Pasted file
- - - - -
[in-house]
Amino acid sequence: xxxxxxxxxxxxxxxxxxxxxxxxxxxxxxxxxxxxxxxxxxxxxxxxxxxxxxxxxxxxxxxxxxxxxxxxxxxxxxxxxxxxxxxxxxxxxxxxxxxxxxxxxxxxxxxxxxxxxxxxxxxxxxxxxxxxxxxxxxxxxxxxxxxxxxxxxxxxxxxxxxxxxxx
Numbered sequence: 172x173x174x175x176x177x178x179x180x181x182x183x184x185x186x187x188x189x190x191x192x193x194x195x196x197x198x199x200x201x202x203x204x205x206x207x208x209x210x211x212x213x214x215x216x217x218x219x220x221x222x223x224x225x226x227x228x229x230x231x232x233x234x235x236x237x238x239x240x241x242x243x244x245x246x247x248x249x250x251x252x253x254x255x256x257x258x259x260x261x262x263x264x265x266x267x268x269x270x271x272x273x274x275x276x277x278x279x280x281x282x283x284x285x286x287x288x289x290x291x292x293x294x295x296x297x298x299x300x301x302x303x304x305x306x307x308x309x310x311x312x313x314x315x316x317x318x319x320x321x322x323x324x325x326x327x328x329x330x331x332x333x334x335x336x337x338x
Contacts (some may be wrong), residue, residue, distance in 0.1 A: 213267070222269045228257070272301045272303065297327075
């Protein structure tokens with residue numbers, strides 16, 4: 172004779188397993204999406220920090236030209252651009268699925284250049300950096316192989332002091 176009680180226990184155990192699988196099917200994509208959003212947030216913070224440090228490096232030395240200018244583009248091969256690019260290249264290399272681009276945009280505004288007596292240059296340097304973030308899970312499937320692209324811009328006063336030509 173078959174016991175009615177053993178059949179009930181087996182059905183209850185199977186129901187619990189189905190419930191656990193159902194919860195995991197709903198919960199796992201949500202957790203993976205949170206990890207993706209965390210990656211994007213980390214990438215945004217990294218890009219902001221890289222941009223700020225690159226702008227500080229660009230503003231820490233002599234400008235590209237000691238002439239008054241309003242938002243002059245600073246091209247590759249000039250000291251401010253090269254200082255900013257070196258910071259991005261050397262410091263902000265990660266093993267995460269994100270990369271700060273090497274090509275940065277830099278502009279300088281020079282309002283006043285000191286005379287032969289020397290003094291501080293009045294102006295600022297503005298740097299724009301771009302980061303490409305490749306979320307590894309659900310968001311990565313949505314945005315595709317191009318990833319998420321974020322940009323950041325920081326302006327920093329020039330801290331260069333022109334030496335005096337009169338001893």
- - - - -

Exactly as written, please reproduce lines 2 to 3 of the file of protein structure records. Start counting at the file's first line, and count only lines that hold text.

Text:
Amino acid sequence: xxxxxxxxxxxxxxxxxxxxxxxxxxxxxxxxxxxxxxxxxxxxxxxxxxxxxxxxxxxxxxxxxxxxxxxxxxxxxxxxxxxxxxxxxxxxxxxxxxxxxxxxxxxxxxxxxxxxxxxxxxxxxxxxxxxxxxxxxxxxxxxxxxxxxxxxxxxxxxxxxxxxxxx
Numbered sequence: 172x173x174x175x176x177x178x179x180x181x182x183x184x185x186x187x188x189x190x191x192x193x194x195x196x197x198x199x200x201x202x203x204x205x206x207x208x209x210x211x212x213x214x215x216x217x218x219x220x221x222x223x224x225x226x227x228x229x230x231x232x233x234x235x236x237x238x239x240x241x242x243x244x245x246x247x248x249x250x251x252x253x254x255x256x257x258x259x260x261x262x263x264x265x266x267x268x269x270x271x272x273x274x275x276x277x278x279x280x281x282x283x284x285x286x287x288x289x290x291x292x293x294x295x296x297x298x299x300x301x302x303x304x305x306x307x308x309x310x311x312x313x314x315x316x317x318x319x320x321x322x323x324x325x326x327x328x329x330x331x332x333x334x335x336x337x338x